In the afternoon following the final debate of the 2012 Presidential election cycle, we can say three things for certain.
The first is that this final confrontation between the President and his challenger probably didn’t mean much. Despite debate insta-polls that showed undecided viewing audiences giving the President a definitive win, and despite the next day’s Gallup average ticking up one(!) point in his favor, the likelihood is that the trajectory of this race remains unchanged. Stacked against the National League Championship Series and Monday Night Football, it’s arguable that even the total rhetorical destruction of one candidate or the other wouldn’t be enough to matter. We will know how and whether polling trends change in the coming few days, as longer-term reaction and subsequent narratives have their effect: but it is improbable that the course alters much.
To put it differently, it’s still a race to the finish.
The second is that even with an Obama win, the overall cycle of three debates has been exceptionally good for Mitt Romney. Accepting the back-of-envelope scoring from the President’s partisans, we may oversimplify and say that the challenger won the first, and lost the subsequent two. That’s the Democrat-partisan view, as advanced in spin rooms from Denver to Long Island to Boca Raton, and it’s useful to note because it highlights how much the individual-debate outcomes don’t really matter. What matters is this: before the debates, Mitt Romney was defined in the public eye by his opponent — and after the debates, Mitt Romney is defined in the public eye by Mitt Romney. That’s quite nearly the only thing that matters: and the Romney polling surge of the past month only affirms it.
The third and final thing we can say for certain at the close of this cycle’s debates is how badly our system of Presidential debates is broken. Far from illuminating the issues and qualities that matter in our candidates, the present system of debates has mostly served as a mechanism for dispensing chaff into the public square. From Gardasil to Big Bird to bayonets, our debates have obscured more than clarified — and worse, they’ve done it through the lens of a media establishment that is poorly equipped to serve the public interest. This was rendered most stark in the ludicrous Republican-primary debate series, in which American conservatives watched their aspirants vetted by liberal-media figures who did not share their values or priorities. The general-election debates too were marred by somnolent (Lehrer), biased (Raddatz), and error-prone (Crowley) moderators, with only Bob Schieffer yesterday evening turning in a competent performance.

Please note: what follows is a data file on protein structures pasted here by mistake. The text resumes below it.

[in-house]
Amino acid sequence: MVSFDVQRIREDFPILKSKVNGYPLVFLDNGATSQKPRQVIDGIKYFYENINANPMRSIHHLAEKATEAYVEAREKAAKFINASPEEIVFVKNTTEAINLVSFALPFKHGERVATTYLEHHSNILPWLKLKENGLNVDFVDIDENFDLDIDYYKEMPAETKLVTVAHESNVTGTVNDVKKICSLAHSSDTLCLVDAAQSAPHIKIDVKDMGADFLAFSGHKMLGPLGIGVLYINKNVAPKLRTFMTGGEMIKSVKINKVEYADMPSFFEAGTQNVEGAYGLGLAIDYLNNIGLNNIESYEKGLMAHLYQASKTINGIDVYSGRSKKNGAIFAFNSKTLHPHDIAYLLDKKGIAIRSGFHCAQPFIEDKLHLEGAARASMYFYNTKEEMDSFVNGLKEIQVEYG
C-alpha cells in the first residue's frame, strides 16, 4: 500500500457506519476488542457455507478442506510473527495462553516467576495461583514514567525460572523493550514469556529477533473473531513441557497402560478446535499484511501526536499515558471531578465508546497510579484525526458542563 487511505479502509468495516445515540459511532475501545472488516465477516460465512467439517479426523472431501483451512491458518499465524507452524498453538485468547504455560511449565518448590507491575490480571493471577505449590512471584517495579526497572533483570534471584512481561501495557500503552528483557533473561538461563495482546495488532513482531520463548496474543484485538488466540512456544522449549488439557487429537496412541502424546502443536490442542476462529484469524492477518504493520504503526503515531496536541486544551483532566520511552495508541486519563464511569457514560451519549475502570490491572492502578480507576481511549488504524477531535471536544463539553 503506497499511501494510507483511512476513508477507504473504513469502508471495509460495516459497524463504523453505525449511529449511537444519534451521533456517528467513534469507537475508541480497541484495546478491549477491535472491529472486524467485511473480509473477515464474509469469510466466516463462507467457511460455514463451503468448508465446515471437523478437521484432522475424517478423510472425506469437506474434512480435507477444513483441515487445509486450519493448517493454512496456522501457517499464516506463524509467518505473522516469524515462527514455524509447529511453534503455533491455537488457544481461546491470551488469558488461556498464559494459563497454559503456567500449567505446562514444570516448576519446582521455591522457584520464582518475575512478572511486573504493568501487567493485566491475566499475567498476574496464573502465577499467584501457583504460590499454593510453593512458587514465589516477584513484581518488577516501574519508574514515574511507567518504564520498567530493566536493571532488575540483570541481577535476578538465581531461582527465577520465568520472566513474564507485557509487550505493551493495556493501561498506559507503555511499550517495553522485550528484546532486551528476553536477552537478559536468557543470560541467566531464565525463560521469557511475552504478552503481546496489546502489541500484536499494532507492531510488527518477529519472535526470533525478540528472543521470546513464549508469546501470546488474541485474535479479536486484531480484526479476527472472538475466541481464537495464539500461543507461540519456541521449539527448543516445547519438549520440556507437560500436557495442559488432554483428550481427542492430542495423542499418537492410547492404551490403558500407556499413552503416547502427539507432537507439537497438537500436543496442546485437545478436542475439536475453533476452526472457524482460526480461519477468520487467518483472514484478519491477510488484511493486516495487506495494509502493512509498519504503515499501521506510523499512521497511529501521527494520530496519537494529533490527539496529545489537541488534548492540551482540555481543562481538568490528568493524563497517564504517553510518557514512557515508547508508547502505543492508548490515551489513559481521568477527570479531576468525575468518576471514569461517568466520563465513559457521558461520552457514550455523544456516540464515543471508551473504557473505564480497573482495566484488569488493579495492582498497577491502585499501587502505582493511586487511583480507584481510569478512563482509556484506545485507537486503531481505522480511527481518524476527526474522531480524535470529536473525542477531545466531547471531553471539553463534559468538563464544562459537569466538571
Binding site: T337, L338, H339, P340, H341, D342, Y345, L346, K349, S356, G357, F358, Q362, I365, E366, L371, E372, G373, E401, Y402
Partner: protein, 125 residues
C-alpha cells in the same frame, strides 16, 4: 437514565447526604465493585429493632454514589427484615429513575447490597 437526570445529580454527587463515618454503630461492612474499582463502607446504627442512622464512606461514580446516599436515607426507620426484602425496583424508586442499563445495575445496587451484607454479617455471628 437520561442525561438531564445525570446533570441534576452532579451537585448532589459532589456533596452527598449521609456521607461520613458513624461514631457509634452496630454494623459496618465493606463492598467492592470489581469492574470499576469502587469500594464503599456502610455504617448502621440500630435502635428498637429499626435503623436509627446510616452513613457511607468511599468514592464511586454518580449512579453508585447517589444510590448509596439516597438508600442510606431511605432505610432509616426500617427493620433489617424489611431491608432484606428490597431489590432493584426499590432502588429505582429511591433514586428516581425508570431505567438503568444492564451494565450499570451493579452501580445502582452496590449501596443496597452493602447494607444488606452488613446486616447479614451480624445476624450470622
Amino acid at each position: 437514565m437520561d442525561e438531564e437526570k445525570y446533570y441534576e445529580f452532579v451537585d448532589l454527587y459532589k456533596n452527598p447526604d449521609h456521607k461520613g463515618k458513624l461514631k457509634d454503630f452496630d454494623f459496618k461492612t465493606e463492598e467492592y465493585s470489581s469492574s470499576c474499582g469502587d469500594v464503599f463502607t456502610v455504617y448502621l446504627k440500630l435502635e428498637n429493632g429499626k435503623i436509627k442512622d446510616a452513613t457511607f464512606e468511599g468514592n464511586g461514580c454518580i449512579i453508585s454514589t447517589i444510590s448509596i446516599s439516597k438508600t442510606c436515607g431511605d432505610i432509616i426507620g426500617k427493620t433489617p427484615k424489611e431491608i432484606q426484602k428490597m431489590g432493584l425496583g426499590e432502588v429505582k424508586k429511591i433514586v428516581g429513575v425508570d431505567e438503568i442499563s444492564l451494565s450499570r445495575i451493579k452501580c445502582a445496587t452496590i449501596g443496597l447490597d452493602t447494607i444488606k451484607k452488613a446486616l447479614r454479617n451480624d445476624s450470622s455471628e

One question Americans of all partisan stripes ought to be asking themselves now is why, if Lincoln and Douglas needed no moderators, our present-day candidates do.
Finally, the content of last night’s debate was both apt and awful. In its prevailing focus upon trade, the Middle East, and war, it reflected the foreign-policy priorities of the American electorate, inasmuch as that electorate — presumably voting mostly on economic grounds this year — has those priorities. Yet what it ignored was telling, and alarming. The European monetary crisis, the tottering “Bolivarian” movement, the Chinese aggression in the western Pacific, the slow disintegration of the South African social compact: all these things were absent. Most notably, the nation that sit across our southern border, Mexico, received no meaningful attention — despite a de facto civil war that has claimed more Mexican lives than America lost in Vietnam. If 60,000 dead within a day’s drive of San Diego, Tucson, El Paso, and Brownsville doesn’t seize a would-be President’s attention, it is difficult to imagine what will.
The silver lining is that a campaign debate isn’t the same thing as an agenda for governance. The pity is that we must await the governance to find out what that agenda is.
Joshua Treviño is the Vice President for External Relations at the Texas Public Policy Foundation in Austin, Texas.